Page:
Low water content minimizes ice crystallization. Hence, the objective status for cryopreservation is to reduce the water content in the plant tissue. By this procedure it obtains a glassy state to avoid the formation of lethal intracellular ice crystals in order to obtain optimal recovery and regeneration after cryopreservation. This can be achieved by the induction of vitrification status which is a glass induction by dehydration, the addition of cryoprotectants, and a very fast decrease in temperature.

Methods based on dehydration include osmotic dehydration, air desiccation, and freeze dehydration [1, 2, 3]. The state of the water in the plant during cooling/warming cycles is shown in Figure 1 with highlighted thermally colored and its possible detection and quantification by DSC techniques.

Figure 1.

State of water in biological objects for cryopreservation. Those highlighted in a black frame are possible to quantify by DSC.

Various plant vitrification solutions (PVS) are used for osmotic dehydration; these are usually labeled with a number according to the specific mixture of basic cryoprotectants and their concentrations. The main PVS are Luyet [4], Fahy [5], Steponkus [6], PVS1 [7, 8], PVS2 [9], PVS3, PVS4, PVS5 [10], VS6 [11], PVSL [12], and VSL [9]. These are composed of different concentrations and combinations of four main cryoprotectants: dimethyl sulfoxide, sucrose, glycerol, and ethylene glycol.

Each cryopreservation protocol is species- and genotype-specific and needs to be optimized accordingly. Hence, the standardization of the protocol is necessary to ensure and facilitate an effective cryo-storage of the plant germplasm. To achieve this, it is necessary to determine the optimal water content during dehydration, freezing in LN and thawing to avoid ice crystallization. Additionally, assessing the amount of freezable water and verifying if the tissue being used has reached glass transition as well as analyzing the thermal events during cooling and freezing are key factors in order to develop and standardize a reliable protocol. This can be determined by the use of thermal analysis such as differential scanning calorimetry (DSC).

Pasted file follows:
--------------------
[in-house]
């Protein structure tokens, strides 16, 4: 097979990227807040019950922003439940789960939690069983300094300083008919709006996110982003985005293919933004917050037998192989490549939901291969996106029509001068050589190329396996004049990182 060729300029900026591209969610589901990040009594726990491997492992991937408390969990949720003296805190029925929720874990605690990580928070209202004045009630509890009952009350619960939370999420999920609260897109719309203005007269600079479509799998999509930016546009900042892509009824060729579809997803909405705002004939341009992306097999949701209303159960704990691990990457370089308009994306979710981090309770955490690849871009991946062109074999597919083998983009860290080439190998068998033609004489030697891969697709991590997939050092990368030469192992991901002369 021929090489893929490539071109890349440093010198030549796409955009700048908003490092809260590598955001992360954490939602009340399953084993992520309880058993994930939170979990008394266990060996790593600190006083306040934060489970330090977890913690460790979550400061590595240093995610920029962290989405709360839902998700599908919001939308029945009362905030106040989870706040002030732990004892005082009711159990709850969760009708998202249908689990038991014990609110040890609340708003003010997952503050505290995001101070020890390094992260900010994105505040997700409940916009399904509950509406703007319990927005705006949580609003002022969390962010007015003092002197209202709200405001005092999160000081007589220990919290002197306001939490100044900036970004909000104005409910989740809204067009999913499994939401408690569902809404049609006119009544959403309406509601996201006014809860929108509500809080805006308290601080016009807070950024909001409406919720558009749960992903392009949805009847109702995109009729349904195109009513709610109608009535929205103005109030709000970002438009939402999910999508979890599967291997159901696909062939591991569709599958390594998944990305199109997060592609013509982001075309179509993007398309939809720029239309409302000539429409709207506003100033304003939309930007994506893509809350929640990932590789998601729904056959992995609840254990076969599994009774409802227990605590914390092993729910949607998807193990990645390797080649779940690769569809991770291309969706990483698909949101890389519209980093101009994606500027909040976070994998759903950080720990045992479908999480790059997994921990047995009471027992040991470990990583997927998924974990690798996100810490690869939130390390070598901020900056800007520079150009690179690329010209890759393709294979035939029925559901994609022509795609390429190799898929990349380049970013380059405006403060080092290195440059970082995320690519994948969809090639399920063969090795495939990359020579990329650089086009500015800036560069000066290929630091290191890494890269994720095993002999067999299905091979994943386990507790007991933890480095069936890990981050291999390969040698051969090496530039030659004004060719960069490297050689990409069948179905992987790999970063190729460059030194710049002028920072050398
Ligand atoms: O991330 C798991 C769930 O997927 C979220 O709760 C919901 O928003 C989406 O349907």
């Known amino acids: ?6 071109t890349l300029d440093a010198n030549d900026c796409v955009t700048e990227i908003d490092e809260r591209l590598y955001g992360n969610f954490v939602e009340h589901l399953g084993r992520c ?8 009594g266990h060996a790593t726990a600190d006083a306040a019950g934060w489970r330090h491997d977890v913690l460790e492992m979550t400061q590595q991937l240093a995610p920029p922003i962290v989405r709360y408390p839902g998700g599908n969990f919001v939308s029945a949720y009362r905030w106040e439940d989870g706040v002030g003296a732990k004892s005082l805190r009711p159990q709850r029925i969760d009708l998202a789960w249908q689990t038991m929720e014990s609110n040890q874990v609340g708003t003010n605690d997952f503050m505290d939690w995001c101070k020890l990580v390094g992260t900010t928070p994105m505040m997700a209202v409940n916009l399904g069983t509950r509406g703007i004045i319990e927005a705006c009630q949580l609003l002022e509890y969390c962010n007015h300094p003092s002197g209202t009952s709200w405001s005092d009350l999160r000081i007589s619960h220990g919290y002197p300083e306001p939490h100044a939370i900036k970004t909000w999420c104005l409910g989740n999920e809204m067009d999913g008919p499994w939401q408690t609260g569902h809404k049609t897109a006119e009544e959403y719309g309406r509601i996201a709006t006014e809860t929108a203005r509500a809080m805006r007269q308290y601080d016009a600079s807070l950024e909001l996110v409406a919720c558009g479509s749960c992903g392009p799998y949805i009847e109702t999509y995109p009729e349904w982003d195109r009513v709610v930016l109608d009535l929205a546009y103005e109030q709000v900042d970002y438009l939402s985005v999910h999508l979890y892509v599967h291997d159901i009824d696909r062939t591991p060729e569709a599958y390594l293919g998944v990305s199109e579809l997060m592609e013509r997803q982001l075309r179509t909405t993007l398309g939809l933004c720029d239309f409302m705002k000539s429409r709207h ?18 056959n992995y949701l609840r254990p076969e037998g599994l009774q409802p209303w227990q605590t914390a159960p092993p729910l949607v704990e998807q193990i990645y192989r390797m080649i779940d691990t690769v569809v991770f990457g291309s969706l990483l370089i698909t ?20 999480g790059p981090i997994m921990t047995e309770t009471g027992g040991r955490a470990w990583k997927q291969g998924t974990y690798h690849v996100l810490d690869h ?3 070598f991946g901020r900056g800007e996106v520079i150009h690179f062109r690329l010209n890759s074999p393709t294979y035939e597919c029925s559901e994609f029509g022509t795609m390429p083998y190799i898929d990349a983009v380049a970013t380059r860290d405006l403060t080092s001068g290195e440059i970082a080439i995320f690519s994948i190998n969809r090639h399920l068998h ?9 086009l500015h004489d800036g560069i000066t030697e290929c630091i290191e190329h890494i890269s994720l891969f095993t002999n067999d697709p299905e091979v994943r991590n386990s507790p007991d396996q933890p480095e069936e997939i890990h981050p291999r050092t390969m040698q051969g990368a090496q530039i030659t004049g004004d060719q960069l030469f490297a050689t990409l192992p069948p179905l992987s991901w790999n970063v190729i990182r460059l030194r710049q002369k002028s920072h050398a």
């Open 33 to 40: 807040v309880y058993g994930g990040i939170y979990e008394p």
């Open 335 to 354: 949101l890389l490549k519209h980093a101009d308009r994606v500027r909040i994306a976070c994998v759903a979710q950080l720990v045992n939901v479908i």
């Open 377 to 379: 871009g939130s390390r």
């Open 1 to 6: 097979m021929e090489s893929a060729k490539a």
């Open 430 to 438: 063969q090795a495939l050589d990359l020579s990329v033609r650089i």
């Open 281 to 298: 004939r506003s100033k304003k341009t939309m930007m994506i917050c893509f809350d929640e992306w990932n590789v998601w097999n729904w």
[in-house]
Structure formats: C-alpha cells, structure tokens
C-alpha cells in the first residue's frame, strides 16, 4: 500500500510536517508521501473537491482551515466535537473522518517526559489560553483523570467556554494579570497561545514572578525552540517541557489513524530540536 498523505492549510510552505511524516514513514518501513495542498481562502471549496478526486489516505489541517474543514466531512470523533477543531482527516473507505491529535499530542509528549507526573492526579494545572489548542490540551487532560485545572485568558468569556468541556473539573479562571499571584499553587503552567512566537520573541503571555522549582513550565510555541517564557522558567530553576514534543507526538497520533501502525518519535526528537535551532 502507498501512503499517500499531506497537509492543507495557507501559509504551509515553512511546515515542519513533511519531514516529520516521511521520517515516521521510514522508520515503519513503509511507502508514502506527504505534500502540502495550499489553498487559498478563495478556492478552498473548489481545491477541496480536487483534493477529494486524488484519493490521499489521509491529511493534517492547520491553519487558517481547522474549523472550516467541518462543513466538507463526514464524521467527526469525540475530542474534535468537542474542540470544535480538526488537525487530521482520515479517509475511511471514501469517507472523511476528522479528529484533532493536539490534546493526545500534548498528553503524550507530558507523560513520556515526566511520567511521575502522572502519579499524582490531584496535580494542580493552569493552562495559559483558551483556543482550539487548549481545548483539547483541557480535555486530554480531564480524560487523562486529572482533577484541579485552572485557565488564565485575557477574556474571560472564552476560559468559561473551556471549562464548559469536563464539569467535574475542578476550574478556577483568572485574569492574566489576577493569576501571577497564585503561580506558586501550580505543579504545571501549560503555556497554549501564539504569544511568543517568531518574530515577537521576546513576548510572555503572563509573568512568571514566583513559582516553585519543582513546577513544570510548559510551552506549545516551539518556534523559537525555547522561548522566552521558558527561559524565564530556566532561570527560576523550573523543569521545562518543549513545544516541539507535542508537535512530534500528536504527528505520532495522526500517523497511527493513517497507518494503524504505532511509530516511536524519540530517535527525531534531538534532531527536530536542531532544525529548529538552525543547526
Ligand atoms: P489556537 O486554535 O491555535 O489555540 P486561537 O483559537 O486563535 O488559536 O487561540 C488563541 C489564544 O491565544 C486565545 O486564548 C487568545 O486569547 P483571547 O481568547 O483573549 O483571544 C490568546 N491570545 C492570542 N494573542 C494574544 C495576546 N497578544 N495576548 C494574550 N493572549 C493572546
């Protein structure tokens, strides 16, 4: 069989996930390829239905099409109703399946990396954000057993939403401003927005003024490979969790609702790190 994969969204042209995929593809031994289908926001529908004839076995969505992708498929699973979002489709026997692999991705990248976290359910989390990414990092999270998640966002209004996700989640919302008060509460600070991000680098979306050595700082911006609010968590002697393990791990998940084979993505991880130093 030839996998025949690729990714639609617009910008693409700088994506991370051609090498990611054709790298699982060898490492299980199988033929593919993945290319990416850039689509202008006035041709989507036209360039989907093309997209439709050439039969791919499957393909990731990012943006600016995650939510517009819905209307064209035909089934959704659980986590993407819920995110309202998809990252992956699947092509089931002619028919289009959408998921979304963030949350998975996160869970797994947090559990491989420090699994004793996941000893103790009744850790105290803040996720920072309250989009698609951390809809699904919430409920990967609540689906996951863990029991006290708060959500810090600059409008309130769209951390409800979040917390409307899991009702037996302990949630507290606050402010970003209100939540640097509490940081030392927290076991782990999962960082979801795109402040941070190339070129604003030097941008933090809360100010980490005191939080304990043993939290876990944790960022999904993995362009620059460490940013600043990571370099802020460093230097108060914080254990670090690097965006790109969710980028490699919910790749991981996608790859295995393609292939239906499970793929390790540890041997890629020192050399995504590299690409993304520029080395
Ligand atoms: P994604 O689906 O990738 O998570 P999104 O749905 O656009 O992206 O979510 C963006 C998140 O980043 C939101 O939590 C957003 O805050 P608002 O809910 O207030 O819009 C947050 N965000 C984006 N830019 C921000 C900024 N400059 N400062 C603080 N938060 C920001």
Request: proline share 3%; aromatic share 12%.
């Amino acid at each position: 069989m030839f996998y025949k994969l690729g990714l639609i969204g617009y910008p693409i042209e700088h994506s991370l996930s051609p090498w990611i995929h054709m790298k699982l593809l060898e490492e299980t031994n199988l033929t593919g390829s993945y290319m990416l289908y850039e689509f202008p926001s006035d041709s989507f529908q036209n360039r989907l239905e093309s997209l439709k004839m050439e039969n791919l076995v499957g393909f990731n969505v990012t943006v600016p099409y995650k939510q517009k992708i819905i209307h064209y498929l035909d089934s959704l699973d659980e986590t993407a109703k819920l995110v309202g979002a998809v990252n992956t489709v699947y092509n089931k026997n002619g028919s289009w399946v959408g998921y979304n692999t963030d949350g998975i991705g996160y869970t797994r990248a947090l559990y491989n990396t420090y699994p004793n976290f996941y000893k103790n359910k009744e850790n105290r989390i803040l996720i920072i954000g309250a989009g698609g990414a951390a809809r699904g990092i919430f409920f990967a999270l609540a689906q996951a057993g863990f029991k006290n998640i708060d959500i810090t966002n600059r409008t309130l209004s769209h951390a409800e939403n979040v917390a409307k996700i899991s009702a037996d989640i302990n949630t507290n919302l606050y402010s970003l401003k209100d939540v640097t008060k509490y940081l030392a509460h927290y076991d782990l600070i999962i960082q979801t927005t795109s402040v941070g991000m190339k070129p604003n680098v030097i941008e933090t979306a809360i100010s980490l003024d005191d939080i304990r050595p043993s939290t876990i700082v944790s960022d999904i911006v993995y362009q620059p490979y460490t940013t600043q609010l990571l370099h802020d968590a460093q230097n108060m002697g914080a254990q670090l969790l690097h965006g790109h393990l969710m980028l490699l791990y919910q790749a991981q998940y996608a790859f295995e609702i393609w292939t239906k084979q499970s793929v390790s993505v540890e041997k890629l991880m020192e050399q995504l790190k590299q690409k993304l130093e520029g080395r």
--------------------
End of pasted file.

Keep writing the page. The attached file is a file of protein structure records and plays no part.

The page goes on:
The use of DSC for checking the content of freezable water (or first-order water transitions freezing and melting) is applied for the cryopreservation of shoot tips [13, 14, 15], dormant buds/winter-hardy buds [16, 17, 18], pollen [19, 20, 21], and seeds [15, 22, 23, 24]. The development of cryopreservation protocols using DSC has been used for a number of plant species, i.e., potato [25], Ullucus tuberosus Cal. [26], Oxalis tuberosa Mol. [27], Allium species [19, 21, 28, 29], apple [30], and Actinidia spp. [31], among others. However, the method is still rarely used in cryobiology due to the lack of awareness of its use, application, and potential in this field. This chapter intends to broaden the knowledge and demonstrate the use of thermal analysis methods with heat flux-type DSC and their applicability in cryopreservation through a series of research carried out at the Crop Research Institute in Prague, Czech Republic. The results presented in this chapter represent original unpublished work archived at the authors’ institution.